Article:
Sales Closing. Will you do anything for a sale?
“I’ll do anything
For you dear
For you dear, anything
For you mean
For you mean everything to me” Oliver Twist
Sales people need to recognise buying signals and in turn close the sale by asking for the business. This is not something that anyone can turn their hand to and it can be, for new sales people especially, a cause for concern as they may not be confident in carrying out this vital step.
Sometimes sales people can come across as desperate, especially if they are close to hitting their targets, and this desperation can translate into some bad practices.
I’ll do anything for you.
As the song lyric suggests, some sales people will go to any lengths to get the sale. This can include over promising on their level of service to the client, exaggerating the benefits and value of their product and of course dropping their price just to get the sale, this latter tactic of course, devalues the product, the service and the brand and therefore doesn’t instil confidence from the client that the product is any good, so therefore no amount of promises will make a difference.
Sales people are people pleasers for sure, we want to build effective relationships and collaborate with clients for a long-term relationship. The thing is, too much of this can be detrimental and can do more harm than good in the long run.
Over promising on service levels just to get the sale.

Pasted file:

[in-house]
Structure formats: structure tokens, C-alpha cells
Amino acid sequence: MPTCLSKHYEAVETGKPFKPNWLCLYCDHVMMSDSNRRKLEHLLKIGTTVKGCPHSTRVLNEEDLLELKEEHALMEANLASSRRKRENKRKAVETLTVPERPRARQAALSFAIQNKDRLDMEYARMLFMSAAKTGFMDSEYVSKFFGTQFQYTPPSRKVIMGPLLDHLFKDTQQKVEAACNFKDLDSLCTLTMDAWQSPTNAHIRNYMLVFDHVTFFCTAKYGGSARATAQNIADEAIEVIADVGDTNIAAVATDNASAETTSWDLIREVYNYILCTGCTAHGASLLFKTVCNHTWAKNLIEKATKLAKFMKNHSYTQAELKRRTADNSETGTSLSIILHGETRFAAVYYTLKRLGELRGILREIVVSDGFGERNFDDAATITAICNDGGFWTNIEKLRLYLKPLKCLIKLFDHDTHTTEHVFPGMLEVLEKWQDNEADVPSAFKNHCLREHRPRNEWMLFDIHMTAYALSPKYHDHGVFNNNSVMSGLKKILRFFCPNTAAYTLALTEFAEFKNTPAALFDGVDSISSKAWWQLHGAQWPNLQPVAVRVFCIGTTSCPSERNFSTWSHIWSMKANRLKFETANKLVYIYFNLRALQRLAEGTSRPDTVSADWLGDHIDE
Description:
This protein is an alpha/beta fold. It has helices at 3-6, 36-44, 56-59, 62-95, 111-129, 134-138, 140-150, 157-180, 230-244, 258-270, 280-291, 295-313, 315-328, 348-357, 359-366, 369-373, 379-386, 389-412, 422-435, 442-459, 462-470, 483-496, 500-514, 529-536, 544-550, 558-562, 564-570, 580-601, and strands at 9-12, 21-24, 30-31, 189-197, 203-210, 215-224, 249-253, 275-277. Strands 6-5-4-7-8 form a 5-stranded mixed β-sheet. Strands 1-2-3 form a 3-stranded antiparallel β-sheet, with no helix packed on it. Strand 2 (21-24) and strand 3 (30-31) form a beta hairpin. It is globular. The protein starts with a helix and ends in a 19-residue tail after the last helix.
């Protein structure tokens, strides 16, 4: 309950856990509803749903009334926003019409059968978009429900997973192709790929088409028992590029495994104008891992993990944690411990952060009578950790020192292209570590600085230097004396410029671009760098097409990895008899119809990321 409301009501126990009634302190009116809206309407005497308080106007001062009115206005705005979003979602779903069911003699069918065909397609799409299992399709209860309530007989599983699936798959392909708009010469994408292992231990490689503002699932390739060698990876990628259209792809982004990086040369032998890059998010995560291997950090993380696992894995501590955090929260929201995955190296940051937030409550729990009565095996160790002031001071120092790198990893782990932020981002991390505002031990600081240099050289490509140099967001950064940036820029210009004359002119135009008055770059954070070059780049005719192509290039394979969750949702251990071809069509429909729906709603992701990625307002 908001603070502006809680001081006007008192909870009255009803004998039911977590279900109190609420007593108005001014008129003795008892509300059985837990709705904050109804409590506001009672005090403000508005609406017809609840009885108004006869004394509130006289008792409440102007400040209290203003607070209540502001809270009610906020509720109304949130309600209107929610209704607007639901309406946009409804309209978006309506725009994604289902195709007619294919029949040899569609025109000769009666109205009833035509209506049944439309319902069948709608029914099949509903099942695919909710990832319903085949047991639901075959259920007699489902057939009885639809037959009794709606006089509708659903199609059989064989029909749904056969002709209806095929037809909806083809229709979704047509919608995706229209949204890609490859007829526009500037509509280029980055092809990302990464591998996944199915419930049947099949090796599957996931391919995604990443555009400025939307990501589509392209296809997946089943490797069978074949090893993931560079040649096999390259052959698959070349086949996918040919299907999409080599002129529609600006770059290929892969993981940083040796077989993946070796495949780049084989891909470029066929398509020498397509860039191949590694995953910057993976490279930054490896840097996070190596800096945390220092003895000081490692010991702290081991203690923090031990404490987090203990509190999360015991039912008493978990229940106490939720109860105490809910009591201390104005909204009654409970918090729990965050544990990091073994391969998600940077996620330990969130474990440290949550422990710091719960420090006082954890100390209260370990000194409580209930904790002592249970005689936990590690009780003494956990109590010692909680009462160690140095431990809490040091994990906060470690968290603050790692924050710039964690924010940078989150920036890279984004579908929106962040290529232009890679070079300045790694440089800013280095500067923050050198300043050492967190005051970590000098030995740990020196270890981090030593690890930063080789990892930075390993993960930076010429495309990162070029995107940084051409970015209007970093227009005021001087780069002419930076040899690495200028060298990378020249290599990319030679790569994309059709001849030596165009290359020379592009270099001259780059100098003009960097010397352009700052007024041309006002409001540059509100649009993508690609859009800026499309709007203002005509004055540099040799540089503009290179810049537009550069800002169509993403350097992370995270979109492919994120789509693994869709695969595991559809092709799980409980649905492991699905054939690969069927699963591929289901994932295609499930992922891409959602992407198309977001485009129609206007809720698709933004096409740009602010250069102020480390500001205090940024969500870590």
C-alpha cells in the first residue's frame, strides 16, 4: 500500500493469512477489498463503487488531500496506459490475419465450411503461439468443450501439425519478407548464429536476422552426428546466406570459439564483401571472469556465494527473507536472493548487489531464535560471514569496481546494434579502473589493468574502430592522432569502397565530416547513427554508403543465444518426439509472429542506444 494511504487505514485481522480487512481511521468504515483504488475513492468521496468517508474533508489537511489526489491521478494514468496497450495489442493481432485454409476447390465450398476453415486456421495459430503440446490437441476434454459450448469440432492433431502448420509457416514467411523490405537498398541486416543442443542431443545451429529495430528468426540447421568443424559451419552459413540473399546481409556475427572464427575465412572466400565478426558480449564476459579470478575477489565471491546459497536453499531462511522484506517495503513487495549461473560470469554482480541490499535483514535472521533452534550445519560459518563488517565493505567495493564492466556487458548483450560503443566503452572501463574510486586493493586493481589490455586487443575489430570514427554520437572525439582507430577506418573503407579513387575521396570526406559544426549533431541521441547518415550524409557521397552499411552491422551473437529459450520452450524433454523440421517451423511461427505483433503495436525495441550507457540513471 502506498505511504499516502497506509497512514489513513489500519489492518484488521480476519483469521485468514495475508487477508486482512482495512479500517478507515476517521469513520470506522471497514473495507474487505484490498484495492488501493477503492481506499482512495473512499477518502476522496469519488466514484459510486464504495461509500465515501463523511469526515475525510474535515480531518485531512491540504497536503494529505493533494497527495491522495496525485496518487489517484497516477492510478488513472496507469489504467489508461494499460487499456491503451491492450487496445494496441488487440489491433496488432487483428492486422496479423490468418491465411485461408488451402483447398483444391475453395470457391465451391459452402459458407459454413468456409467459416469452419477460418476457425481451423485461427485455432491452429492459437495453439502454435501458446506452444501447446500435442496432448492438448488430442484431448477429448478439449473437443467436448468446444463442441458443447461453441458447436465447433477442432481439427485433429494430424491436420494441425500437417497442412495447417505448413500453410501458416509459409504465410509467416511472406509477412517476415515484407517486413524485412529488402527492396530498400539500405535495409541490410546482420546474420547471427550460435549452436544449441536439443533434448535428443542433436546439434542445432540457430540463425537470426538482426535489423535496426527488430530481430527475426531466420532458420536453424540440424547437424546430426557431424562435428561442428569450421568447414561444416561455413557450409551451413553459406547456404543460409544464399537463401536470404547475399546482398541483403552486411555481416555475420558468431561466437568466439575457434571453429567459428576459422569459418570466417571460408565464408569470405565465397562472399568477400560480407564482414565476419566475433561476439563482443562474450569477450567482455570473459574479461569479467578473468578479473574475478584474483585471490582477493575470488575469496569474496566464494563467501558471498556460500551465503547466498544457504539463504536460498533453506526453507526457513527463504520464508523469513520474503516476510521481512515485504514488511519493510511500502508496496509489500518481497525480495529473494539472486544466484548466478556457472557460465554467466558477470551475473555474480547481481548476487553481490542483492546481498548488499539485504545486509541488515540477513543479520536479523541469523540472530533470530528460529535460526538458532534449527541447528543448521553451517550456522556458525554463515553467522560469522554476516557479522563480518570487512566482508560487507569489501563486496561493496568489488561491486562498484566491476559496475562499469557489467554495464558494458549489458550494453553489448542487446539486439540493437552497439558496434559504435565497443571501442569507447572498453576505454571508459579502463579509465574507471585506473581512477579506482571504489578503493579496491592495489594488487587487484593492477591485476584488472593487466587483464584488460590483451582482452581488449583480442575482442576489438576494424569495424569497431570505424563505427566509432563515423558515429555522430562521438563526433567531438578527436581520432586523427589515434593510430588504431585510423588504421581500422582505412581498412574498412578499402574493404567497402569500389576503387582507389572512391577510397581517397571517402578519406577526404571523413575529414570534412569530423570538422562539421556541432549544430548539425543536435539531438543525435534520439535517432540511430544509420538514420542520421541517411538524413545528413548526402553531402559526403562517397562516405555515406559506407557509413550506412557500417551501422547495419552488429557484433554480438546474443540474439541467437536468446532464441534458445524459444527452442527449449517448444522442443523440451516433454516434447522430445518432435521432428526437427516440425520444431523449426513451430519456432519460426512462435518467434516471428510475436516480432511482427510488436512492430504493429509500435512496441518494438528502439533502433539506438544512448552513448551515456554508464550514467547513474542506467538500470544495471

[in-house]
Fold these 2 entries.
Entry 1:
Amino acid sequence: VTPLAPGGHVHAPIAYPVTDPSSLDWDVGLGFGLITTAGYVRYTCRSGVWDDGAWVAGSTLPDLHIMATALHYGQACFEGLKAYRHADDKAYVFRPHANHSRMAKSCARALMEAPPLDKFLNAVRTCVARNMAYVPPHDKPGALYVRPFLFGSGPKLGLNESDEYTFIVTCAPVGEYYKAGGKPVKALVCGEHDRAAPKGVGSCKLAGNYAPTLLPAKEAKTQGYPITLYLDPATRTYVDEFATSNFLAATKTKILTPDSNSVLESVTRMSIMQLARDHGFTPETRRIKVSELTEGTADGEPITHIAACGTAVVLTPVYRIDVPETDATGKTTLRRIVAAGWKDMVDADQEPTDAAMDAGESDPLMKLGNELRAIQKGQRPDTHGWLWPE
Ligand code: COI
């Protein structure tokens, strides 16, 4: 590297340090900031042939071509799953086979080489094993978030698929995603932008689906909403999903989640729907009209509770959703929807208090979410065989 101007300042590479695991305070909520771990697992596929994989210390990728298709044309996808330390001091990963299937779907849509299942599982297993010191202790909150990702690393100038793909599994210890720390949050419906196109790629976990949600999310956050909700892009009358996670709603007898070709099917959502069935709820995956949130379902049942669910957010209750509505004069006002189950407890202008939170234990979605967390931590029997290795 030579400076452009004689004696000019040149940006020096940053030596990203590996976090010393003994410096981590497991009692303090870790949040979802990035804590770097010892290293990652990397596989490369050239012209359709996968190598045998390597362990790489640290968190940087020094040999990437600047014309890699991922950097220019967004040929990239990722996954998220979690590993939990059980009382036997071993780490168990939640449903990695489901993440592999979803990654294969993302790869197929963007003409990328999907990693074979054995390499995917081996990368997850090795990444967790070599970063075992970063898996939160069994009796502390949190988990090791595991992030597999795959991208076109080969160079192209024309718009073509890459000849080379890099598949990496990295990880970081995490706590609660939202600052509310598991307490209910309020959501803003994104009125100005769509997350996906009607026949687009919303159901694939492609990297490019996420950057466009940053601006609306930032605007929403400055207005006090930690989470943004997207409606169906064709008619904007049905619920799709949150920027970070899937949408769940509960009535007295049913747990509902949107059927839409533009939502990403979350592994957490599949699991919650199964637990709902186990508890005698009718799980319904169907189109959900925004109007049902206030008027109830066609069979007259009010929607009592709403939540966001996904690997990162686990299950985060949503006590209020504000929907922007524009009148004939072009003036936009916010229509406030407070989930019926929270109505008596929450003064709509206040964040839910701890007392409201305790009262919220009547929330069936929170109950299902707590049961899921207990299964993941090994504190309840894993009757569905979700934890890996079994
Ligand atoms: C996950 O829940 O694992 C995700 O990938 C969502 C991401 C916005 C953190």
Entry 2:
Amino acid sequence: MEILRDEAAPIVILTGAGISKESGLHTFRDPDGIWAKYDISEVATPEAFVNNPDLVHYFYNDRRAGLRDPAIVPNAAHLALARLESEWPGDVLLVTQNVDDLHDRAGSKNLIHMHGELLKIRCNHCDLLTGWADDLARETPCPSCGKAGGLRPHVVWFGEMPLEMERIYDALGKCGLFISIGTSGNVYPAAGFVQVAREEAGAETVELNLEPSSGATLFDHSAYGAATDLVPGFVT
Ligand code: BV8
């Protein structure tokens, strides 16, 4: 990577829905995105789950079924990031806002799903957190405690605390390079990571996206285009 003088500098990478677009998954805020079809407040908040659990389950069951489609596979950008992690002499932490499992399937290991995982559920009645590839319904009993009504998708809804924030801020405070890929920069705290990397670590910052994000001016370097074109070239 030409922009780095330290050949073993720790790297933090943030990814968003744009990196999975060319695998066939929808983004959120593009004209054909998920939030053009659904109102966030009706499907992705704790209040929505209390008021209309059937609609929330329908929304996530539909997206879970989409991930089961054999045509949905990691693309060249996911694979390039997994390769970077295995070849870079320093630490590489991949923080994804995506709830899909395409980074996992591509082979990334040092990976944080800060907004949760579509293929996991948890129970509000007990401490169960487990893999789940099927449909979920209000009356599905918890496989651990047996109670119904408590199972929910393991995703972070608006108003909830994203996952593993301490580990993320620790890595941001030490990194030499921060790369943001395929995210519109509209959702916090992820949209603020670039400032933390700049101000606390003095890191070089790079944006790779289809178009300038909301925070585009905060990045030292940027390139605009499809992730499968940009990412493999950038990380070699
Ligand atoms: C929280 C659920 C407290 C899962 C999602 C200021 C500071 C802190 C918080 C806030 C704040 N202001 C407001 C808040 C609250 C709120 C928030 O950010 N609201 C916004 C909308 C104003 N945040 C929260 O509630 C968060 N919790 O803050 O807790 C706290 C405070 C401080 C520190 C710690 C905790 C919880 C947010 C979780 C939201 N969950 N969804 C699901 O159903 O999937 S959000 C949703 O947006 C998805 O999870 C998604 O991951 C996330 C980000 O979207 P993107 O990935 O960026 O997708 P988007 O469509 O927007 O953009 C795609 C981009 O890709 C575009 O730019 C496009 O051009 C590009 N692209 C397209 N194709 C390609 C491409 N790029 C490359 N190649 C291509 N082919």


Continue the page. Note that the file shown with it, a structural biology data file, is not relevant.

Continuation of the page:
This tactic is very thin, it all sounds great in practice, however the reality is that sales people have lots of clients to call and sell to, and yet the client they close can be made to feel like they are the only client they have or that matters. From the client side this is Nirvana, how wonderful to be made to feel this way. If it can be sustained then terrific, if not then perhaps there are rougher waters ahead. The key to service levels is to look at two specific areas, the first is how easy is the client to work with, and the second is how profitable is the client to the company. I often see sales people offering the same level of service to a client spending £50K as they do to a client spending just £5K. Of course some clients are easier to deal with and see the sale a transactional so they do not need much service for their small spend and indeed some bigger clients need little servicing either. Just deliver on your promises. Call when you say you will, be there when agreed, deliver on time, and stay in touch so that no one feels left out. By contrast some clients spend very little and expect the world for it. This can be more of a challenge, so the key to working with them, is building trust, anticipation and scheduling calls. Look to find issues or problems before they arise, then solve them and tell the client, it will make them understand that you are on top of things for them, building higher levels of trust. The key reason clients micro manage providers is down to trust and control, so demonstrate you have a handle on things and they will leave you alone. Schedule service calls in the diary, informing the client that you will be around for them at that time and stick to it, that way the client feels delighted and valued.